Moreover, in America and in Israel people are permitted to critique Christianity and Judaism not only without fear of violence but without much danger of social or legal repercussions.  The infamous federally supported anti-Christian art is simply one example of not only tolerance, but acceptance of criticism.  No one is asking Moslems to accept values in conflict with the traditions of Islam, even though acceptance of Islam and of Moslems is the norm in Christian and Jewish nations.  What is at issue – critically at issue – is whether or not Moslems will tolerate Christians and Jews acting in ways contrary to Islam.

What does this mean?  If there was a respectful children’s picture book which attempted to objectively explain the rise of Islam in the schools of Europe and America, and the drawings of Mohammed in these books portrayed him as sincere and intelligent, would Moslems call for the death of those artists who sketched him?

If the History Channel had a series which was respectful but also investigative about the life of Mohammed and the validity of the Koran?  Documentaries questioning the accuracy of translations of the Tanach or the New Testament and the lives of Jesus, Moses, David and the Patriarchs have long been common in Christian and Jewish nations.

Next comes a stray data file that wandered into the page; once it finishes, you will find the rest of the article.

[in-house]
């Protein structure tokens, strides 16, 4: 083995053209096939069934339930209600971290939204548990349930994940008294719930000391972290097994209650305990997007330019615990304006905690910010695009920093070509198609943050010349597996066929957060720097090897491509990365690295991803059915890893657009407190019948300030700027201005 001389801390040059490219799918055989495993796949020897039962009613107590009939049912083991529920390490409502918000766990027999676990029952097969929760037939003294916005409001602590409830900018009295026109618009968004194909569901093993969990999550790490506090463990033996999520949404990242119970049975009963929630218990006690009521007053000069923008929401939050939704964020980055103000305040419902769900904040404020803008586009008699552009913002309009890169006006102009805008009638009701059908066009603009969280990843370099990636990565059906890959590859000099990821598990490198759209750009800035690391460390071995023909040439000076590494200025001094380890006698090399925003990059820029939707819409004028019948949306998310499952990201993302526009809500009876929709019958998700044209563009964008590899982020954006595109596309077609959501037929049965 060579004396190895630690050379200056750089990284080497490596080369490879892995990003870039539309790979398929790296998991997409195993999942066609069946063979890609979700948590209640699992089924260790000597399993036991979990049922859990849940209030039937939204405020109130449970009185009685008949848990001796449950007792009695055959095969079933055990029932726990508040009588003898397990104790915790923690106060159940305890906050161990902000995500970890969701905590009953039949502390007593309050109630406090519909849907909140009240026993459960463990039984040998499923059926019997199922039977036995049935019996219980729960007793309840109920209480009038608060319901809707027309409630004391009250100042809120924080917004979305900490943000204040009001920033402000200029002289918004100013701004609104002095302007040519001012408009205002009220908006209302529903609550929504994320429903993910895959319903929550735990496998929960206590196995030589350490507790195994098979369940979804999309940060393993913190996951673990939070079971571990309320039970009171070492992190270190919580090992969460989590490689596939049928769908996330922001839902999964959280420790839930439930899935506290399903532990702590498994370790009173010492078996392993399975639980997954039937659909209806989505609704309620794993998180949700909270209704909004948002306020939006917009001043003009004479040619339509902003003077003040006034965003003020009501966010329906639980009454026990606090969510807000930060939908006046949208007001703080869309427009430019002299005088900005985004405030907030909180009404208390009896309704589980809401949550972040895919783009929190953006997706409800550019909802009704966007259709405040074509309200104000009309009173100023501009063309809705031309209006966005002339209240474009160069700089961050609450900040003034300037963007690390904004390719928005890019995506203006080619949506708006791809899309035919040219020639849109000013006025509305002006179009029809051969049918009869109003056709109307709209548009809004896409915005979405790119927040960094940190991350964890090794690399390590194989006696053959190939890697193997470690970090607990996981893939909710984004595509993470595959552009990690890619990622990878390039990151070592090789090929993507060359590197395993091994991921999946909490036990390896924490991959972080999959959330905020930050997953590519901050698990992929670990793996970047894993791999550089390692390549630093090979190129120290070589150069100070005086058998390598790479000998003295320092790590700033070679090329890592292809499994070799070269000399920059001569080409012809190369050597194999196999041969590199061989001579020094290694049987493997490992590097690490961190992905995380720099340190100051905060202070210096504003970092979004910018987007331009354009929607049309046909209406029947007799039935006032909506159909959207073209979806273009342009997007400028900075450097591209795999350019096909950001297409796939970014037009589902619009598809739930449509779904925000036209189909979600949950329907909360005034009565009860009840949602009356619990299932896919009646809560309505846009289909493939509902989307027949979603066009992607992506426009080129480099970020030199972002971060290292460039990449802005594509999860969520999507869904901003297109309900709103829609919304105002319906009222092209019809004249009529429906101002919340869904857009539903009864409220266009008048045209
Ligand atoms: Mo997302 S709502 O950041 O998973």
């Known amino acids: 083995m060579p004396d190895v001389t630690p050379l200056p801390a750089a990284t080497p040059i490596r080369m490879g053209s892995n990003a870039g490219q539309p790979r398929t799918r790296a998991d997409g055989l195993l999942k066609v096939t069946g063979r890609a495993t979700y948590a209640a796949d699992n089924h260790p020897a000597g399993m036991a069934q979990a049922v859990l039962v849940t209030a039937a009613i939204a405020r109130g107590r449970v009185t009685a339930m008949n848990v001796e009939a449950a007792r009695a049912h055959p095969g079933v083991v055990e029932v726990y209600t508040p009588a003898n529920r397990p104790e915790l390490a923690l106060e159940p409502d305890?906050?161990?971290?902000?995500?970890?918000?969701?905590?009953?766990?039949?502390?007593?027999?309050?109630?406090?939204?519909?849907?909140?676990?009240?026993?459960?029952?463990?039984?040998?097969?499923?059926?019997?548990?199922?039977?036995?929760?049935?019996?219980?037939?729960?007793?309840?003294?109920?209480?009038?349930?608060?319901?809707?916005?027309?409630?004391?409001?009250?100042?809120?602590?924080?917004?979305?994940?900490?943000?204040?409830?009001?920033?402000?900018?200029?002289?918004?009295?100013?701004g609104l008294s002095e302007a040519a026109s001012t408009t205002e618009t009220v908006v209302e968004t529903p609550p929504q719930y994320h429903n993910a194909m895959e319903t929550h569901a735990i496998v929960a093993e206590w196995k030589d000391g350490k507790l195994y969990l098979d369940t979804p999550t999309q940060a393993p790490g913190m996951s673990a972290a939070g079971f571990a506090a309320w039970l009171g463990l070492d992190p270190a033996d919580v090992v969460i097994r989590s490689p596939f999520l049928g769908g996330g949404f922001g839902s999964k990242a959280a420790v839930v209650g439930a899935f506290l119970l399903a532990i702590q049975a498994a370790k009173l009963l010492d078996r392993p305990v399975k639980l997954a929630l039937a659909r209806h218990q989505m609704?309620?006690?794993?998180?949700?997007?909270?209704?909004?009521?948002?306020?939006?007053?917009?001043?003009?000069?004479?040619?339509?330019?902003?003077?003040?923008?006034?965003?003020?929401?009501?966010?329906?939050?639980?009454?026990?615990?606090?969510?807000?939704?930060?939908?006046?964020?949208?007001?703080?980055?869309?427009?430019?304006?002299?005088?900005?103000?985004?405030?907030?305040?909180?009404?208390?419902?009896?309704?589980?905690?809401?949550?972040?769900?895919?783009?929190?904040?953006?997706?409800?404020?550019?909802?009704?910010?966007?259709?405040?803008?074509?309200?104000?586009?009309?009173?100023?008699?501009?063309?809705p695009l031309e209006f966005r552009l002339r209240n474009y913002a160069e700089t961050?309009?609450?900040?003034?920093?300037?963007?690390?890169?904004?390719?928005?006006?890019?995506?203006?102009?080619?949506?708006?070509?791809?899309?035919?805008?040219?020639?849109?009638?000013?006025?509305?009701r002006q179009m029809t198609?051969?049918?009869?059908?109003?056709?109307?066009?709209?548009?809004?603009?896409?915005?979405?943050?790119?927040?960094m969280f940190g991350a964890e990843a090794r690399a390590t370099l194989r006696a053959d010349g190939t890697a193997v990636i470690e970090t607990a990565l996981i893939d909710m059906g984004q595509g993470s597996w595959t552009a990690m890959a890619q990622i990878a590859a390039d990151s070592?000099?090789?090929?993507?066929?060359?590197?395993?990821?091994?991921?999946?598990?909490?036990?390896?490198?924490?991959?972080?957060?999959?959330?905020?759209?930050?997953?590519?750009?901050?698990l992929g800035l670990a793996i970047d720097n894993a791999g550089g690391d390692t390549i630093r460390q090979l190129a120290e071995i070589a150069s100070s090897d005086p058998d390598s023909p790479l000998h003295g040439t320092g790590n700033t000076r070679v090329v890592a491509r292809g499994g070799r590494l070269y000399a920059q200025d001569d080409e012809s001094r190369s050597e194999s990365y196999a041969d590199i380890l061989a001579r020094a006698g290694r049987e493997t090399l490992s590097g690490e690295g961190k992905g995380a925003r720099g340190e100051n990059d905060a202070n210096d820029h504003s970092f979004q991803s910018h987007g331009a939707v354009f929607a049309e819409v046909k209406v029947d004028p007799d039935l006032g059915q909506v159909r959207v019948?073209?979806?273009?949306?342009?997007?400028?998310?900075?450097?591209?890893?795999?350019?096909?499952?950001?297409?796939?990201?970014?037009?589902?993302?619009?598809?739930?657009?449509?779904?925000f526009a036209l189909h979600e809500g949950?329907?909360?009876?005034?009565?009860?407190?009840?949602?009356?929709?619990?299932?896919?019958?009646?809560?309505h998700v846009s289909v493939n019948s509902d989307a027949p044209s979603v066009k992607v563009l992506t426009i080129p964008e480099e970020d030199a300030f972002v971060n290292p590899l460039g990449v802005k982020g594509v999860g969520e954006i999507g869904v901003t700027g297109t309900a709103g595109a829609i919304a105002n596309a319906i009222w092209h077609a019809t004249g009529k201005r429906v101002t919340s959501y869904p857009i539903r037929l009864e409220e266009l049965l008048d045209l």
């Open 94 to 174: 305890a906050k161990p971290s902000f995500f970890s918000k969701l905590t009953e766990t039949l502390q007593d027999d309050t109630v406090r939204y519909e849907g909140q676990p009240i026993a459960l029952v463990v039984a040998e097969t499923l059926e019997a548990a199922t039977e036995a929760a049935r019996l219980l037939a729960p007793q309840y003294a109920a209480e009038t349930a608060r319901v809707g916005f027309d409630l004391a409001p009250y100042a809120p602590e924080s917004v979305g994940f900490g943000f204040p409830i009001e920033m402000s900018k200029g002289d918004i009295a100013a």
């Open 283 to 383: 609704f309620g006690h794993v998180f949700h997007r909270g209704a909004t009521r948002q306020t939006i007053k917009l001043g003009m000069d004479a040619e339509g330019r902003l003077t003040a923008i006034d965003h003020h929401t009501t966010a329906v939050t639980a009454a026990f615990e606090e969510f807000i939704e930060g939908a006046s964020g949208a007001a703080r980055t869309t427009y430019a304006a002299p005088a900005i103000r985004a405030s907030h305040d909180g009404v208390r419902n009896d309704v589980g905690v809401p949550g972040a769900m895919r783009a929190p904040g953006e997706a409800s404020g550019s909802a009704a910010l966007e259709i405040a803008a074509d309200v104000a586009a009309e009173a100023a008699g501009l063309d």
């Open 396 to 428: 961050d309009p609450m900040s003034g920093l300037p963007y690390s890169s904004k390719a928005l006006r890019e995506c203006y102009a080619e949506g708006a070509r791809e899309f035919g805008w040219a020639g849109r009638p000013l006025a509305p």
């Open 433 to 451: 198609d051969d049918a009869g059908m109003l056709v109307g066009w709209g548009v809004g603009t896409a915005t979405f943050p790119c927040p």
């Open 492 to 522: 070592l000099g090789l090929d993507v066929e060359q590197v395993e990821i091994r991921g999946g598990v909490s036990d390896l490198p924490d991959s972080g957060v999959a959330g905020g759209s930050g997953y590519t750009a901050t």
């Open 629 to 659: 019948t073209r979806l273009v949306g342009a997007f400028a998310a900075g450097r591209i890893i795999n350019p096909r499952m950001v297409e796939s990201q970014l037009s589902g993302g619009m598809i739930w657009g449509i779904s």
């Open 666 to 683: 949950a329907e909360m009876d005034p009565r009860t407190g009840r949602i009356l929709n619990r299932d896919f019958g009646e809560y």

Note how little this demands of Moslems.  This does not ask that children’s books with pictures of Mohammed or that popular documentaries questioning Islam be produced and shown in Pakistan, Indonesia or Egypt, because the popular response to these modest deeds would be dangerous in those nations.  This is asking whether dhimmi, Jews and Christians, in their own nations may treat Mohammed, the Koran and Islam itself differently than Moslems would like, even as the dhimmi in their own lands tried not to be offensive.

Islam has a definite role for Jesus that is benign but utterly at odds with Christian theology.  Christians accept that without violence.  Jews also view Jesus very differently than Christians, and both Jews and Christians leave in peace with that difference.  Forget boorish cartoons: can Moslems tolerate a different view of Mohammed than they have?  Can they tolerate respectful disagreement? 

(No one, by the way, has yet correctly answered the question that Sinisterism has concealed:  why were Nazis called Fascists?) 

Bruce Walker

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Biography - Bruce Walker

Bruce Walker has been a published author in print and in electronic media since 1990. He is a regular contributor to WebCommentary, Conservative Truth, American Daily, Enter Stage Right, Intellectual Conservative, NewsByUs and Men’s News Daily. His first book, Sinisterism: Secular Religion of the Lie by Outskirts Press was published in January 2006.


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Copyright © 2006 by Bruce Walker